New Orleans The headline in the New York Times caught by eye, saying “The Pitfalls of Giving Big but Thinking Small” with a subtitle that was even more interesting to me: “Donating Large Amounts to Social Change Groups Can Be Complicated, but it Isn’t Impossible.” Wow, I work for a social change group. I could really be helpful in answering this question, if someone is really asking. With a global footprint and mission as big as America and as broad as the world, “giving big” and “large amounts” both sound a bit like music to my ear.
What’s up? Where does the line start?
The foundation of this presumptive “news” story was a report by something called Bridgespan Group, which is only described as a “philanthropic consulting firm.” One of its founders is quoted saying, “…if you wanted to put $1.8 billion to work to drive social change, how would do it? It’s hard.” Really, who knew? Well, according to Bridgespan this is a vexing problem for the ultrawealthy, defined as those few who have more than a half-billion bucks of wealth. Tom Tierney, the Bridgespaner, also claims that, “There is by all indications a sign of intent by the super wealthy to increase their giving to social change…but we haven’t invested in the pathways to let them to this in a productive way.” Hmmm, so you say. What’s going on here?
Bridgespan turns out to be the nonprofit offspring of Bain Capital. Tierney turns out to have formally been the managing director of Bain. Bain is famous to most of us little people as the platform for Mitt Romney and numerous others who ply the lucrative practice of corporate consulting. Bridgespan became the stepbrother once removed after Bain did several studies discovering how much money was in the nonprofit sector and realized its brand didn’t lead well to mining this rich vein, so building a bridge span (get it?) to Bain would do the trick.
So, what does Bain in sheep’s clothing recommend in order to allegedly move money from the hands of the superrich to what they want to refer to as social change? According to the article they think the trick is “the creation of a ‘community foundation for America’ that would be able to accept large bequests and donations and then find small nonprofit groups that need funding.”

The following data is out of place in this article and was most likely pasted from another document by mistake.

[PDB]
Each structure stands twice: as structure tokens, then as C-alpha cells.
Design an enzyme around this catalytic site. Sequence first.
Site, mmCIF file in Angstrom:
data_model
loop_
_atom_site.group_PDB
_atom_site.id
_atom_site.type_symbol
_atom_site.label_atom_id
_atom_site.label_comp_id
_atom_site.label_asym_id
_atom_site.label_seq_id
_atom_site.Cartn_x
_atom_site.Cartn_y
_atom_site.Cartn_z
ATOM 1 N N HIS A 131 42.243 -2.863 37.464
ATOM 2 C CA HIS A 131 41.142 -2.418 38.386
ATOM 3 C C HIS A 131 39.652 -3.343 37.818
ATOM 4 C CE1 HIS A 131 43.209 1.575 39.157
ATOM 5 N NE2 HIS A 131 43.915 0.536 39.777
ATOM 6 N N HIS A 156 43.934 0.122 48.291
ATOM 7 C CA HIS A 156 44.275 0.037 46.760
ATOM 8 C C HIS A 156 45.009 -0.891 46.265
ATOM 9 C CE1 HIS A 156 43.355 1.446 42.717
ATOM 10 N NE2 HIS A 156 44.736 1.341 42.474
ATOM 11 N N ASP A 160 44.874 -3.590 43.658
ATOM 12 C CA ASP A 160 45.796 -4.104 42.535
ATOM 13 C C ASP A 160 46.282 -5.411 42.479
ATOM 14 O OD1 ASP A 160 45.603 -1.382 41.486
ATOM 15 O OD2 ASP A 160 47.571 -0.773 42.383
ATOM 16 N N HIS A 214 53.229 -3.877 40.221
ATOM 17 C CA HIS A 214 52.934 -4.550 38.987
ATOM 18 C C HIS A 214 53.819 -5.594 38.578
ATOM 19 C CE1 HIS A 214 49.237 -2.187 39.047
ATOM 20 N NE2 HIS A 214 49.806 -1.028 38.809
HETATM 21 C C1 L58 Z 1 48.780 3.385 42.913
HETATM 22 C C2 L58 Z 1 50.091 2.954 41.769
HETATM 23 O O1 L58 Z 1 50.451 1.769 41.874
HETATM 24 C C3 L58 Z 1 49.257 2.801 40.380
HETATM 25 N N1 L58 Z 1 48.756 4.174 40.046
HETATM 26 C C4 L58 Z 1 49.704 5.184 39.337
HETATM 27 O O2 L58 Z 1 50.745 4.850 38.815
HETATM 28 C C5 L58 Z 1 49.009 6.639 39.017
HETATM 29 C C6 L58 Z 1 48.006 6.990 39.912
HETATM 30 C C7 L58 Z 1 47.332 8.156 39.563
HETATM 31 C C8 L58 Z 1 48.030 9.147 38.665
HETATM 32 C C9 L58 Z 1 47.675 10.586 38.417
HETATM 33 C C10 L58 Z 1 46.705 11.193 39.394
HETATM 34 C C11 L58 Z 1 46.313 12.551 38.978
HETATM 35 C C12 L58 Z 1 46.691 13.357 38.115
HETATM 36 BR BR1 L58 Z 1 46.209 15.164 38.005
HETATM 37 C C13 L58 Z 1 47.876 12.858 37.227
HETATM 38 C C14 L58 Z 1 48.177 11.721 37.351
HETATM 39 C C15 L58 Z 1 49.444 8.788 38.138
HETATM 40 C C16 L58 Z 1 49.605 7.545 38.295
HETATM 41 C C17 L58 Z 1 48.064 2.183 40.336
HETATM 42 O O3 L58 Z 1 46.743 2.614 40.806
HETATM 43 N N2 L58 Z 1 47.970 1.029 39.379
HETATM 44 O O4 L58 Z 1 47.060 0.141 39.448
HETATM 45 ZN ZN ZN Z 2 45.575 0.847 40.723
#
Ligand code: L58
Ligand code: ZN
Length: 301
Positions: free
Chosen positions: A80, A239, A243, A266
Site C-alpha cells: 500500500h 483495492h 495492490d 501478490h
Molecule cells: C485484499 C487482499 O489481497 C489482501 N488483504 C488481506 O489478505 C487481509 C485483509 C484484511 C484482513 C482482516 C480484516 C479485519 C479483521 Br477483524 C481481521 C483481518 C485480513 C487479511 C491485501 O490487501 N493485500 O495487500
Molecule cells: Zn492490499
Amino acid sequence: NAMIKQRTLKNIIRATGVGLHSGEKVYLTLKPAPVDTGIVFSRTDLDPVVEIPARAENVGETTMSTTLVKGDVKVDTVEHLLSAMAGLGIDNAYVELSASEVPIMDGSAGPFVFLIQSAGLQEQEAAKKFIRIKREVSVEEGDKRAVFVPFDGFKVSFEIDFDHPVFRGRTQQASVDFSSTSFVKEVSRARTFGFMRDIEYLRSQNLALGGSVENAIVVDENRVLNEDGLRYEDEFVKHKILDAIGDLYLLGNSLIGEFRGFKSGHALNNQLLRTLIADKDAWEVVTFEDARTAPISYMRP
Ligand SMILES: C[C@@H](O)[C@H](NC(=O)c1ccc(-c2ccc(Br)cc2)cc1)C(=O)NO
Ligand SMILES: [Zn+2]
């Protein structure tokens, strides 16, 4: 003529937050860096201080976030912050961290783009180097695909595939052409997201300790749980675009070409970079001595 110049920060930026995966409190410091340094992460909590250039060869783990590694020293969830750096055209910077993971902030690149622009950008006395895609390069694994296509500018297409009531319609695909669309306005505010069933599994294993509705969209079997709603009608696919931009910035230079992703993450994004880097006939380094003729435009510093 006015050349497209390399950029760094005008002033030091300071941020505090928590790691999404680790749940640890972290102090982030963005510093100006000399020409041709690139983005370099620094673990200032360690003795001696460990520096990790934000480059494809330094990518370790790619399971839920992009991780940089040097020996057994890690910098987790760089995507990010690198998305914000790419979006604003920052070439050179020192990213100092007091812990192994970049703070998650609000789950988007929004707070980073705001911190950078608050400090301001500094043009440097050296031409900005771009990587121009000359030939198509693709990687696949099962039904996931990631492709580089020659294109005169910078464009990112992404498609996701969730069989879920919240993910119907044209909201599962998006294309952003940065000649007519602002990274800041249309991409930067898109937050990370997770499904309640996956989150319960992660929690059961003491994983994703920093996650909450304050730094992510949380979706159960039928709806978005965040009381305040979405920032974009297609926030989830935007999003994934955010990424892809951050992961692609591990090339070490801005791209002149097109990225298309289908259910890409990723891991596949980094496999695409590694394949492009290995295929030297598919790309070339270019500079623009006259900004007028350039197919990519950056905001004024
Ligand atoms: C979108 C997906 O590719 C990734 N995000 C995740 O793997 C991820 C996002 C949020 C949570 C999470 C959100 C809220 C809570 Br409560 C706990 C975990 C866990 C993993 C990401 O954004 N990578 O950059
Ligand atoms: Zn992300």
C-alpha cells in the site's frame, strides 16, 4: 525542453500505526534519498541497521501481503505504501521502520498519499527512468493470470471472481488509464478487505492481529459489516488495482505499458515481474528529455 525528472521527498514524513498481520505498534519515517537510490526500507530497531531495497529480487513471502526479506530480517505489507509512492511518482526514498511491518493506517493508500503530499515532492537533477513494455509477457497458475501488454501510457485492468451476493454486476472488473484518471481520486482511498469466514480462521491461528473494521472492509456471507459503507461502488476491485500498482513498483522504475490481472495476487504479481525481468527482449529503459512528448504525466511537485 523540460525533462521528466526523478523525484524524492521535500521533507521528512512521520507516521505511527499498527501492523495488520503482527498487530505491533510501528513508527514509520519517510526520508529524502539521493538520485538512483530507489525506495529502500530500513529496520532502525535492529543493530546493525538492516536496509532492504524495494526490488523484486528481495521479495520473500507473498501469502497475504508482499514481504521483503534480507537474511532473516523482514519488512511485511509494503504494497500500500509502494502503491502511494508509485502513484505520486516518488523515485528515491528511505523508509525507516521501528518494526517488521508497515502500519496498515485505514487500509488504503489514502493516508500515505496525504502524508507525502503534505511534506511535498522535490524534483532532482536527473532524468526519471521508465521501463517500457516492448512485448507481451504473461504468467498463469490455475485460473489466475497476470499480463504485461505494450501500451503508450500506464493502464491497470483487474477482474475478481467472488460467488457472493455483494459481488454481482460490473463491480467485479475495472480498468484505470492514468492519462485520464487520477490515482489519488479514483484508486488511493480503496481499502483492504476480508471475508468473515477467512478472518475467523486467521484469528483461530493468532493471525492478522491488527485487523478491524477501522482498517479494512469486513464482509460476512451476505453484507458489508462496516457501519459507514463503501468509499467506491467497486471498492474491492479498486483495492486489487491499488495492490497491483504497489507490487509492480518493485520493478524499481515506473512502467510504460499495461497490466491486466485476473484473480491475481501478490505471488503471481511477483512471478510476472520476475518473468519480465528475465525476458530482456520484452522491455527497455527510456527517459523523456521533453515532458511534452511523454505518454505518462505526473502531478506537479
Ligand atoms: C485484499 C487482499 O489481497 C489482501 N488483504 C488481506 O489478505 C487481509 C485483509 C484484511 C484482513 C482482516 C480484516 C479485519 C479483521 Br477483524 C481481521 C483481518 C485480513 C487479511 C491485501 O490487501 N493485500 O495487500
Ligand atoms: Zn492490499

Funny thing? Been there, done that! In 1976, Drummond Pike founded the Tides Foundation and its family of organizations in San Francisco to do exactly that, and it has done so for over 40 years quite well thank you, as an organization with revenue over $100 million and assets over that level as well. The Tides operation is regularly ranked near the top of the largest nonprofits in the country by the Chronicle of Philanthropy.
Bain and Bridgespan are based in Boston, so maybe they are so old school and business-bound that they don’t think of something way over in California as truly American? No, that’s not it, is it? This report seems to be a little more than a marketing piece for Bridgespan and Bain with a cover story as a research document in hopes that someone among these supposedly social change besotted superrich folks will read it and, say, hey, great idea, Bridgespan, why don’t you get on the stick and create this national community foundation for America?. They have made the case that this is oh so hard that the superrich can’t find the “pathway,” which means I guess that they don’t know how to call or fly to San Francisco and visit with Tides, so Bridgespan can do it all for them and collect their 20%.
Call or email me if you need the address for Tides, it’s still at the Presidio in San Francisco. Or, better, send me the money directly, and we’re good to go!
One last question that’s a headscratcher to me? Why did the New York Times run this thinly veiled puff piece for Bridgespan and Bain without it saying “Advertisement” at the top like the other ads?